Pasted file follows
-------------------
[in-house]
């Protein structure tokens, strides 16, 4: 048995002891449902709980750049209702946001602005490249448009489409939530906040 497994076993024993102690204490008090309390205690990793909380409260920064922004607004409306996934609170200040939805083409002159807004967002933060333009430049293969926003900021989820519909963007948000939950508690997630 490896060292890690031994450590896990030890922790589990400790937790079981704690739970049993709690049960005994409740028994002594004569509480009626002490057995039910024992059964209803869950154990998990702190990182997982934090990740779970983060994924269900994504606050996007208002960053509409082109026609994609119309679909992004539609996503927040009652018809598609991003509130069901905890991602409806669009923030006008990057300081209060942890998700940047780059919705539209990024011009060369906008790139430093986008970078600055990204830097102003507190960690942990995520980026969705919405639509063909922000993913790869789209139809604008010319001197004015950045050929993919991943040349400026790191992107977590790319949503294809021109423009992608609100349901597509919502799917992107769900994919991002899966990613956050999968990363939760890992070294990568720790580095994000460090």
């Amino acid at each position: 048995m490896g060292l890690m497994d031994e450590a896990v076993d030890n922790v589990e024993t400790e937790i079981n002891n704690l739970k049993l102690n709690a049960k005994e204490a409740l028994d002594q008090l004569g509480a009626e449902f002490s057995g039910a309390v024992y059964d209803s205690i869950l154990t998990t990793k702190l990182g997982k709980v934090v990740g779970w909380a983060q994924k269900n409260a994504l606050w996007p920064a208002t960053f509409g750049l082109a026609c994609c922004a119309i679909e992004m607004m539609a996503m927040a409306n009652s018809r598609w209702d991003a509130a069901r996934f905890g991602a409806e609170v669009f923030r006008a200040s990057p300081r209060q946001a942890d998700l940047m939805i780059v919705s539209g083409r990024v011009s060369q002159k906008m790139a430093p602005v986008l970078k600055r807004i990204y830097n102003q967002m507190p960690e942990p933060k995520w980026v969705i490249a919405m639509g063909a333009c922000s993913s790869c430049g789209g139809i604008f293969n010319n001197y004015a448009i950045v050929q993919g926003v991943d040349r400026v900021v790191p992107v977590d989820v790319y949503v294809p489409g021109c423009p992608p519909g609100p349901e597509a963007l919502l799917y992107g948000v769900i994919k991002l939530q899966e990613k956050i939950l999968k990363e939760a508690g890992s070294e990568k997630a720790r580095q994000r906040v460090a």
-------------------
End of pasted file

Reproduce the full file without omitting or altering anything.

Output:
[in-house]
């Protein structure tokens, strides 16, 4: 048995002891449902709980750049209702946001602005490249448009489409939530906040 497994076993024993102690204490008090309390205690990793909380409260920064922004607004409306996934609170200040939805083409002159807004967002933060333009430049293969926003900021989820519909963007948000939950508690997630 490896060292890690031994450590896990030890922790589990400790937790079981704690739970049993709690049960005994409740028994002594004569509480009626002490057995039910024992059964209803869950154990998990702190990182997982934090990740779970983060994924269900994504606050996007208002960053509409082109026609994609119309679909992004539609996503927040009652018809598609991003509130069901905890991602409806669009923030006008990057300081209060942890998700940047780059919705539209990024011009060369906008790139430093986008970078600055990204830097102003507190960690942990995520980026969705919405639509063909922000993913790869789209139809604008010319001197004015950045050929993919991943040349400026790191992107977590790319949503294809021109423009992608609100349901597509919502799917992107769900994919991002899966990613956050999968990363939760890992070294990568720790580095994000460090």
């Amino acid at each position: 048995m490896g060292l890690m497994d031994e450590a896990v076993d030890n922790v589990e024993t400790e937790i079981n002891n704690l739970k049993l102690n709690a049960k005994e204490a409740l028994d002594q008090l004569g509480a009626e449902f002490s057995g039910a309390v024992y059964d209803s205690i869950l154990t998990t990793k702190l990182g997982k709980v934090v990740g779970w909380a983060q994924k269900n409260a994504l606050w996007p920064a208002t960053f509409g750049l082109a026609c994609c922004a119309i679909e992004m607004m539609a996503m927040a409306n009652s018809r598609w209702d991003a509130a069901r996934f905890g991602a409806e609170v669009f923030r006008a200040s990057p300081r209060q946001a942890d998700l940047m939805i780059v919705s539209g083409r990024v011009s060369q002159k906008m790139a430093p602005v986008l970078k600055r807004i990204y830097n102003q967002m507190p960690e942990p933060k995520w980026v969705i490249a919405m639509g063909a333009c922000s993913s790869c430049g789209g139809i604008f293969n010319n001197y004015a448009i950045v050929q993919g926003v991943d040349r400026v900021v790191p992107v977590d989820v790319y949503v294809p489409g021109c423009p992608p519909g609100p349901e597509a963007l919502l799917y992107g948000v769900i994919k991002l939530q899966e990613k956050i939950l999968k990363e939760a508690g890992s070294e990568k997630a720790r580095q994000r906040v460090a």